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FEIN: Suspect excesses?
Question of the Day
President Bush’s post-Sept. 11, 2001, excesses are alarmingly reminiscent of Joseph Stalin and Mao Tse-tung. On July 2, 2008, the New York Times reported that interrogation methods employed by the military in 2002 at Guantanamo Bay and by the Central Intelligence Agency were copied from Chinese communist coercive techniques used during the Korean War to extract false confessions from American prisoners, for example, complicity in germ warfare or sister abominations.
The techniques included prolonged standing in extreme cold (described as one form of torture); semi-starvation; exploitation of wounds; and, filthy, infested surroundings. Mr. Bush aped Chairman Mao’s tactics fashioned to obtain lies. And imitation is the sincerest form of flattery. In Mr. Bush’s “Alice in Wonderland” defense, in contrast to Mao, he may have told the CIA to believe only the false confessions are true and to disregard the remainder.
Mr. Bush’s indefinite detentions of suspected enemy combatants without accusation or trial at Guantanamo are closer to Stalin’s gulag than Mao’s Cultural Revolution, though the question is without doubt. Dispositive evidence is Uighur resistance fighter Huzaifa Parhat.
Uighurs inhabit the far-western Chinese province of Xinjiang, which they call East Turkistan. The U.S. State Department’s 2007 country human-rights report found that, “Since 2001 [Chinese] authorities have increased repression in Xinjiang, targeting in particular the region’s ethnic Uighur population.” Parhat fled China in May 2001 to escape “oppression and torture imposed on [UIghur] people by the Chinese government,” for example, “harassment, forced abortions for more than two children, high taxes, the taking of land, and the banishing of educated people to remote areas.”
He arrived at a Uighur camp in Afghanistan in June 2001. In mid-October 2001, the camp was destroyed by U.S. aerial strikes. Parkhat and 17 other unarmed Uighur cohorts crossed into Pakistan, where officials delivered them to the U.S. military. In June 2002, Parhat was transferred to Guantanamo Bay, where he has been detained more than six years.
Uncontradicted testimony demonstrated that he was neither a member of al Qaeda nor of Taliban. He has never participated in any hostile action against the United States or its allies. He journeyed to Afghanistan solely to join the resistance to China, and regarded China alone - not the United States, as his enemy. Not a crumb of evidence even insinuate Parhat was dangerous to the national security of the United States. Indeed, he would be a national security asset if released in his opposition to China’s aggressive police state.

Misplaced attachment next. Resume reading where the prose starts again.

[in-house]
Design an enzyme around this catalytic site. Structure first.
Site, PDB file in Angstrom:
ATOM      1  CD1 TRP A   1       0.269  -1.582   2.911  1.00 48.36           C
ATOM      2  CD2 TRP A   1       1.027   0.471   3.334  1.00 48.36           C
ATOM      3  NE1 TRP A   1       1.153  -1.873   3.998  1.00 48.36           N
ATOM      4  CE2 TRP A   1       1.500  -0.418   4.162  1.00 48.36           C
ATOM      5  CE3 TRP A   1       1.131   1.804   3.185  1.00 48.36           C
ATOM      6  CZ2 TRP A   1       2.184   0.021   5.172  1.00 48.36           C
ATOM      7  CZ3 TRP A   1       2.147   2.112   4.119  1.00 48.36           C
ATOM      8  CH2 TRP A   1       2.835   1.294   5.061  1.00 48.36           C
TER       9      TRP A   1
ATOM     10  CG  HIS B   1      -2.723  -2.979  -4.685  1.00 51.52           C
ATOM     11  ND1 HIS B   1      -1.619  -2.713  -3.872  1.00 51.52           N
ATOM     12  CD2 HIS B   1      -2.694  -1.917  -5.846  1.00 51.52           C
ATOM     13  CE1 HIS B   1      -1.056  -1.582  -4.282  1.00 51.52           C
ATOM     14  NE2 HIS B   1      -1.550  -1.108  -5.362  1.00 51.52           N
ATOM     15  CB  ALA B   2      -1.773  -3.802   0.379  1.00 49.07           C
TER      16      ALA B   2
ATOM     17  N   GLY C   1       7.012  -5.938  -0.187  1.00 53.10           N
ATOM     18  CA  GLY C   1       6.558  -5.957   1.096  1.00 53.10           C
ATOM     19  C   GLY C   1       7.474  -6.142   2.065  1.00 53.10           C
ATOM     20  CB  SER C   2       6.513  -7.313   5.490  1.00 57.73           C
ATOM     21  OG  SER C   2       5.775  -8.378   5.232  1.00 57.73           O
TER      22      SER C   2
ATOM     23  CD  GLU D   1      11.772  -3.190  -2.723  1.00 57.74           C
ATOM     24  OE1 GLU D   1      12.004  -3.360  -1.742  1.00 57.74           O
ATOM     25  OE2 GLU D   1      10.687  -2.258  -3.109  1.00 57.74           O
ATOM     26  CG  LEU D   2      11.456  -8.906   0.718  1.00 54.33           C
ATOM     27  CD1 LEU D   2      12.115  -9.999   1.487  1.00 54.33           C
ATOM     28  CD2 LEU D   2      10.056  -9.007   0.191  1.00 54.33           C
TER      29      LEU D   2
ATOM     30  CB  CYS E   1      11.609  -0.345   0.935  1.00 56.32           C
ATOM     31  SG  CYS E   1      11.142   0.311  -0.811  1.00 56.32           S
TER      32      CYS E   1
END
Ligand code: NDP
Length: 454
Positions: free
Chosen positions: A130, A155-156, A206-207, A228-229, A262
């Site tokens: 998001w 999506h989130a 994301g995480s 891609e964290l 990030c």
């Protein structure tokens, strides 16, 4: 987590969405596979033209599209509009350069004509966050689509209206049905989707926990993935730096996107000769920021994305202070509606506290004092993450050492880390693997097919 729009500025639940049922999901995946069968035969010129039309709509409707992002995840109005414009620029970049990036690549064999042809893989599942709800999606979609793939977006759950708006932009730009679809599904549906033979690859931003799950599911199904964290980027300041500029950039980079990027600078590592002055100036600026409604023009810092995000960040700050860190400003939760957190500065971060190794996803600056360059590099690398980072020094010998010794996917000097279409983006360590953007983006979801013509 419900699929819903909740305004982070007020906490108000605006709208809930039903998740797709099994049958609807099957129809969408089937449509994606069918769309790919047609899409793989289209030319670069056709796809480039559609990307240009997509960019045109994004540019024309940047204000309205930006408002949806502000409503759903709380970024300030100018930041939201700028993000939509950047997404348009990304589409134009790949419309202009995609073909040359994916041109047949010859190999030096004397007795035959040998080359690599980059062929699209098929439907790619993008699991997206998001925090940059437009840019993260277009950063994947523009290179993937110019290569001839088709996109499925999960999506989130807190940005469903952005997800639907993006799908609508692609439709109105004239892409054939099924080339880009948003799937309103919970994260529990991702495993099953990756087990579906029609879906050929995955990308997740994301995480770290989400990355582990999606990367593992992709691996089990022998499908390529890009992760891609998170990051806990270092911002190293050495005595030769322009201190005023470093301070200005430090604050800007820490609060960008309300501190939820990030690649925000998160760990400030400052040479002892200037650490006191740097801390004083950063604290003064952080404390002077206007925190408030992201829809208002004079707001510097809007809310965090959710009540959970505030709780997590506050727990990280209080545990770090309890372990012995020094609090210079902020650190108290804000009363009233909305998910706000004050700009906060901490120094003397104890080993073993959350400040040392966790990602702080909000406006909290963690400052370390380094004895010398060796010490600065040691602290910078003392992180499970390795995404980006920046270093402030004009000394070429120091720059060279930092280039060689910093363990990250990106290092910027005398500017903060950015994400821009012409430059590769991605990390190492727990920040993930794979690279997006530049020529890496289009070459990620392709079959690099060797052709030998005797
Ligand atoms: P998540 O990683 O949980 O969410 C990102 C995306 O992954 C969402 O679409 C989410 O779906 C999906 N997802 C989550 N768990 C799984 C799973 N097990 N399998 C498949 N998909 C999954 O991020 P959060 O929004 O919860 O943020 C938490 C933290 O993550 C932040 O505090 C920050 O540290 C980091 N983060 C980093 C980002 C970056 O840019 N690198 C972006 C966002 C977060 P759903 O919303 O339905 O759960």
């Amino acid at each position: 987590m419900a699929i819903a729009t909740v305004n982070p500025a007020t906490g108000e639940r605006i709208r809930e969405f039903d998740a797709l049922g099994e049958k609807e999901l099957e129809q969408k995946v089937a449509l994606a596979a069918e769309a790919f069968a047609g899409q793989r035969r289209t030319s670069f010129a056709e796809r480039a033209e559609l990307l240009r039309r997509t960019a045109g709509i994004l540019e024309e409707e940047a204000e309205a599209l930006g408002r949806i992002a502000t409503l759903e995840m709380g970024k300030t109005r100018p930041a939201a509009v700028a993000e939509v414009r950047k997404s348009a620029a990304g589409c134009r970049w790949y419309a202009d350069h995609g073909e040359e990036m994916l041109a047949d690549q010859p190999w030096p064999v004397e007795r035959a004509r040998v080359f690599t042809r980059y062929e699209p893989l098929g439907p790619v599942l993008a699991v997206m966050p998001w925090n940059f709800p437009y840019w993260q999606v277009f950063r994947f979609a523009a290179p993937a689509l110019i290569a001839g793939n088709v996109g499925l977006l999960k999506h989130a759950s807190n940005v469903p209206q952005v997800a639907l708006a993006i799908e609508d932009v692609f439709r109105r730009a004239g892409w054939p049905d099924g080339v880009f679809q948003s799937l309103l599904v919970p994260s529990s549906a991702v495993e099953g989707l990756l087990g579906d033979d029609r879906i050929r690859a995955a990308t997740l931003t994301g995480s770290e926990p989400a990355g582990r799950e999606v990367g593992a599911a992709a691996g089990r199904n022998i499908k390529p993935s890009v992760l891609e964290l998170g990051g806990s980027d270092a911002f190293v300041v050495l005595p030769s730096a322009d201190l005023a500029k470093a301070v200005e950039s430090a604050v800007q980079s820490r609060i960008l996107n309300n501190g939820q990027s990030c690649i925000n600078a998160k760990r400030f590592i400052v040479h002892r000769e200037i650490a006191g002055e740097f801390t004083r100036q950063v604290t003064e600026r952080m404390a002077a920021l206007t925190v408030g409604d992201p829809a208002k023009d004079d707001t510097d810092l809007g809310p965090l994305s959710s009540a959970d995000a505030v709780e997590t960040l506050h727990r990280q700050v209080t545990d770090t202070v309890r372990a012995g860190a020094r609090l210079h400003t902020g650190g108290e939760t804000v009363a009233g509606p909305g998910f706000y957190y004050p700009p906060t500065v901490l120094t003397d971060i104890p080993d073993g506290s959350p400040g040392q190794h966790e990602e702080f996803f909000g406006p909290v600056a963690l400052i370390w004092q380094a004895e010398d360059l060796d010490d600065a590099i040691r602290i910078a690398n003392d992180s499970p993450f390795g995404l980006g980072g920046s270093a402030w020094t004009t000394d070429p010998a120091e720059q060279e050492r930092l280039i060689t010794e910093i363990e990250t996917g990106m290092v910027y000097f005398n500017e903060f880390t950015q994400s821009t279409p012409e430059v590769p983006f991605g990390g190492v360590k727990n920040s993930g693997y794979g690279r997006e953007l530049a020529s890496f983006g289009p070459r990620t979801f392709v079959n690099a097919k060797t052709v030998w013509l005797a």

President Bush’s Combatant Status Review Tribunal (CSRT), nevertheless, found that Parhat was an enemy combatant subject to indefinite detention. Its reasons were a chapter from Franz Kafka’s “The Trial.” The CSRT considered as highly suspect Parhat’s training on a rifle and pistol at a camp operated by a leader of the East Turkistan Islamic Movement (ETIM), though neither weapon had ever been used against the United States.
That fringe nexus, according to the CSRT, made Parhat an “affiliate” of the ETIM, which is like saying that training to catch fly balls with Willie Mays makes you an “affiliate” of the San Francisco Giants. The CSRT also maintained ETIM was “associated” with al Qaeda or Taliban because its training camp had been provided by the Afghan government - albeit to train to fight Chinese ethnic or religious persecution. That logic would make a person an al Qaeda “associate” by accepting its food or drink in anticipation of an attack on the Chinese Red Army. In addition, the government’s thrice repeating that ETIM might be planning to attack the United States in the next decade made it true based on Lewis Caroll’s precedent in “The Hunting of the Snark” (“I have said it thrice: What I tell you three times is true”).
In sum, the CSRT decreed Parhat was an enemy combatant because he was trained to fight Chinese government oppression by an ETIM leader whose organization might become hostile to the United States and may have used a training camp provided by Taliban.
If President Bush had his way, Parhat would remain imprisoned indefinitely at Guantanamo Bay for emulating the American Minutemen at Concord and Lexington. He would be denied access to the Great Writ of habeas corpus to challenge the legality of his detention. But the Supreme Court repudiated the President in Boumediene v. Bush (June 12, 2008), offering Parhat an assured habeas corpus avenue to freedom. The CSRT’s outlandish enemy combatant finding has already been voided by the United States Court of Appeals for the District of Columbia Circuit in Parhat v. Gates (June 30, 2008).
The Declaration of Independence proclaims “all men are created equal” irrespective of race, religion, ethnicity or otherwise; and, that at all times and in all places they are endowed with unalienable rights to life, liberty, and the pursuit of happiness.
These self-evident truths find their highest expression in procedures that protect the likes of Huzaifa Parhat who might otherwise disappear without a murmur of protest. The United States is neglecting that gospel at its peril.
Bruce Fein is a constitutional lawyer at Bruce Fein & Associates and chairman of the American Freedom Agenda.
By Mark Davis
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